Thursday, July 25, 2013

Fern Kinney, Odyssey, and Kelly Marie: The British Liked Disco? Follow-up Question: The British Liked Our Disco Leftovers?

If there's one thing I don't associate with disco, it's England.

Big Ben. Tower Bridge. Buckingham Palace. Disco! Nope, don't see it.

And yet, Great Britain was a country in the late '70s. There were people living in it. These people must have experienced disco somehow. Funny, but I'd never thought about it. When I think of late '70s England, I think of punk, New Wave, heavy metal, progressive rock, even some soft rock, but I sure as hell don't think of disco.

Well, not only did the British like disco - they liked certain disco singles more than we did. At some point in the late '70s, record labels must have been pumping out so much disco that they lost track. I mean, how could people ever get sick of disco, right? Well, as it turns out, Britain was picking up our disco scraps.

It's charming, in a way, how quickly disco left the American airwaves. Like an inebriated party guest who still has enough sense to know when he's worn out his welcome, as soon as the calendar struck 1980, almost as if on cue, disco in its pure and original form slinked away from the American charts. Sure, there were a few stray odds and ends like "Funkytown," but almost every "disco" song in the new decade was actually disco with a twist: disco-tinged New Wave ("Call Me"), disco-tinged hard rock ("Another Brick In The Wall, Part II," "Another One Bites The Dust"), disco-tinged soft rock ("Magic," "Woman In Love"), disco-tinged Cosby Rock ("Too Hot," "Give Me The Night"), etc. etc. Disco didn't exactly die. Like Voltemort, it just slipped into an alternate supernatural dimension, waiting for the day when it could be reincarnated in a host body.

And then there was Great Britain ... which was about six months behind. Because in 1980, in the UK, disco wasn't quite yet dead.

Listening to the following three songs is like listening to disco from an alternate dimension. They "sound" like the disco songs you know and love, without actually "being" the disco songs you know and love. Imagine if you programmed a computer to generate "disco songs." The computer would create something like "Together We Are Beautiful," "Use It Up and Wear It Out," and "Feels Like I'm In Love."

Both Fern Kinney and Odyssey were American disco acts who never made it big in their homeland. But alas, the disco gods threw them a bone, and they were able to achieve at least a small slice of polyester immortality across the pond. Kinney's "Together We Are Beautiful," which hit #1 in March 1980, floats along on a swirling, pseudo-Diana Ross cloud.

Meanwhile, Odyssey's "Use It Up and Wear It Out," which hit #1 in July 1980, has more of a latin, "Bad Girls"/"Calypso Breakdown" quality.

However, there were a few British disco hits that were genuinely British in origin. Scotland's own Kelly Marie hit #1 in September 1980 with "Feels Like I'm In Love," a song that was originally written for Elvis Presley, but he croaked before he got the chance to record it (assuming he would have wanted to record it anyway). God knows what that version might have sounded like, but I get kind of an Anita Ward, "Ring My Bell" vibe from Kelly Marie's, with some Moroder-esque laser beam effects thrown in for good measure. I'm not sure which of the song's several YouTube clips I find more hilarious, so I've decided to embed the official video (which comes with a campy naval theme, and most definitely was filmed in Britain), but if your head's still in a spin and your feet still haven't touched the ground, then you might enjoy this video from Top of the Pops. But be warned: if Courtney Love and Boy George had a bastard child, Kelly Marie might be the result.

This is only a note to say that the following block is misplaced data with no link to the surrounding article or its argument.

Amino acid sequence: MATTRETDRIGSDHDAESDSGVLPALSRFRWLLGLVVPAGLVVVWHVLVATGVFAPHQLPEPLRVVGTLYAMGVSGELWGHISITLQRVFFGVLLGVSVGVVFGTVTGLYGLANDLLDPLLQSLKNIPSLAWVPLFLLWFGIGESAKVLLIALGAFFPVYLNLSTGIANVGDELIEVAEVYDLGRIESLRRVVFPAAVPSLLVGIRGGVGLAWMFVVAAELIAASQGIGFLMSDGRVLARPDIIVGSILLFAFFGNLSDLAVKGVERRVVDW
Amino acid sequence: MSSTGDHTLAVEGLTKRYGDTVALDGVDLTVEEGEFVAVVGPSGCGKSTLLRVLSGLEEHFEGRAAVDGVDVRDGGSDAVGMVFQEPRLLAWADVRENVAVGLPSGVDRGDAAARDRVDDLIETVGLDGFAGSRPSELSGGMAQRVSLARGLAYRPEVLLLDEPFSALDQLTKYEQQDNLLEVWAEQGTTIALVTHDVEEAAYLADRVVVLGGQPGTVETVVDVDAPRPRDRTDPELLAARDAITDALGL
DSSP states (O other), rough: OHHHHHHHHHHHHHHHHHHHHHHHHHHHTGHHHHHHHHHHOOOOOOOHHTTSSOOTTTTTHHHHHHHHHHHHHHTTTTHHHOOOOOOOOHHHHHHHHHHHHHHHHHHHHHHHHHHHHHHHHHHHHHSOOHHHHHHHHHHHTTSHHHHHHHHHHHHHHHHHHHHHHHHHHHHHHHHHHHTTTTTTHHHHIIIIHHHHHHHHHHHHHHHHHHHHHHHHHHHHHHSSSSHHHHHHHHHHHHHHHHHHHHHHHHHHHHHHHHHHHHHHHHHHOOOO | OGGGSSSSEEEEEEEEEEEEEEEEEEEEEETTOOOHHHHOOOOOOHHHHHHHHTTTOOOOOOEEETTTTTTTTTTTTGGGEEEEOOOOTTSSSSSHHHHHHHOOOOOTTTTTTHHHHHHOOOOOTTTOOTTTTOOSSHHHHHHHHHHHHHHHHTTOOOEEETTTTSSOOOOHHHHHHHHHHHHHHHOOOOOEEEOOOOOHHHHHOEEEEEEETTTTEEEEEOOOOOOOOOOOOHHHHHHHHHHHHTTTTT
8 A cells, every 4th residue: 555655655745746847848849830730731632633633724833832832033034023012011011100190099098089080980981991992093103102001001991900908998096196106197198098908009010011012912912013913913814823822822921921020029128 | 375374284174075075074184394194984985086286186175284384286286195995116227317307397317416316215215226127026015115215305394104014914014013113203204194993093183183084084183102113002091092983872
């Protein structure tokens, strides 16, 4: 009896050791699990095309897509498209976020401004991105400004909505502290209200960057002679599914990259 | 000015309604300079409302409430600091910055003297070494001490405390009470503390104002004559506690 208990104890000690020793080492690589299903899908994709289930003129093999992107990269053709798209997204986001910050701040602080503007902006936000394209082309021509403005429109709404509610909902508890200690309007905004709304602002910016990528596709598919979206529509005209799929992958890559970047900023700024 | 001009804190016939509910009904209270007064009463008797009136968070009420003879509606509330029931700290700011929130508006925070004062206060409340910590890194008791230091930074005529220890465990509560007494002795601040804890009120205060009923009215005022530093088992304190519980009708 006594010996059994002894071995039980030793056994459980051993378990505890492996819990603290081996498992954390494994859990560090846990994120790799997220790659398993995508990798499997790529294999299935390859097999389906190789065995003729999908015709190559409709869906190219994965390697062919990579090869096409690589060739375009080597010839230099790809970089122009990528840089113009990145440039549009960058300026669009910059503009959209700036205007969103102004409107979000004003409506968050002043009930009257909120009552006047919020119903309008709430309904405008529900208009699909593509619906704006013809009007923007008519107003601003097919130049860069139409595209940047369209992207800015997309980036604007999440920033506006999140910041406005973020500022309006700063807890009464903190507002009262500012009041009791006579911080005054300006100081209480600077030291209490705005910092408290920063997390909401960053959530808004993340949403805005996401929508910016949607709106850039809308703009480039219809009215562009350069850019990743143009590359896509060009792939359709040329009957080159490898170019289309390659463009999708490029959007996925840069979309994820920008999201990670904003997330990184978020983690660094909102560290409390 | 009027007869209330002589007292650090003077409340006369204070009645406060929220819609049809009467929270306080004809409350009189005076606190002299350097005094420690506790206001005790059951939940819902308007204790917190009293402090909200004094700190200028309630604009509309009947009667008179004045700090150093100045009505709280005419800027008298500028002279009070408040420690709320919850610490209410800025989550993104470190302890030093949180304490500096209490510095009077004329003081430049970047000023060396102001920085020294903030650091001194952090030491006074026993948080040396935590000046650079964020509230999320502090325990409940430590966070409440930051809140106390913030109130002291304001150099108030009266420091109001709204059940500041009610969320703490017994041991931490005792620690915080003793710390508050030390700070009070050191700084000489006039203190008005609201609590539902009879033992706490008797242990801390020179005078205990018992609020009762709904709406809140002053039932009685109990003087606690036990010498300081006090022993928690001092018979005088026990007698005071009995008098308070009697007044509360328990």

Herr Zrbo said...

At the 50 second mark, how do those two guys manage to jump while spinning and lend perfectly on that ledge?? HOW?? I call shenanigans.

For a video to a disco song I found it mildly annoying that she kept her hand in her damn pocket for the majority of the time. What is this, casual disco? You couldn't be bothered to boogy down for the shooting of your own video?

That Top of the Pops footage is in surprisingly good condition, it doesn't have any of the normal old video/VCR lines at all.

Little Earl said...

Well, it turns out there's a reason for that. On further inspection, that clip is actually from a Dutch music show called - get this - "TopPop." Damn you, YouTube!!

I didn't even notice that little backwards jump there; good catch. Here's a third clip that might be even tackier than the other two. A couple of other thoughts:

1) I like how all the clips feature the two male back-up dancers, but the backing vocals on the actual recording sound female. I can see this going down at the record label: "Kelly, the glittery black back-up dancers are part of your 'image,' all right?" "But they're not even singing on the..." "I said do it!"
2) There's that part where her voice jumps into this incredibly high-pitched falsetto. It sounds like it was electronically processed a little bit, but I think Kelly might have been freakish enough to do it au naturel.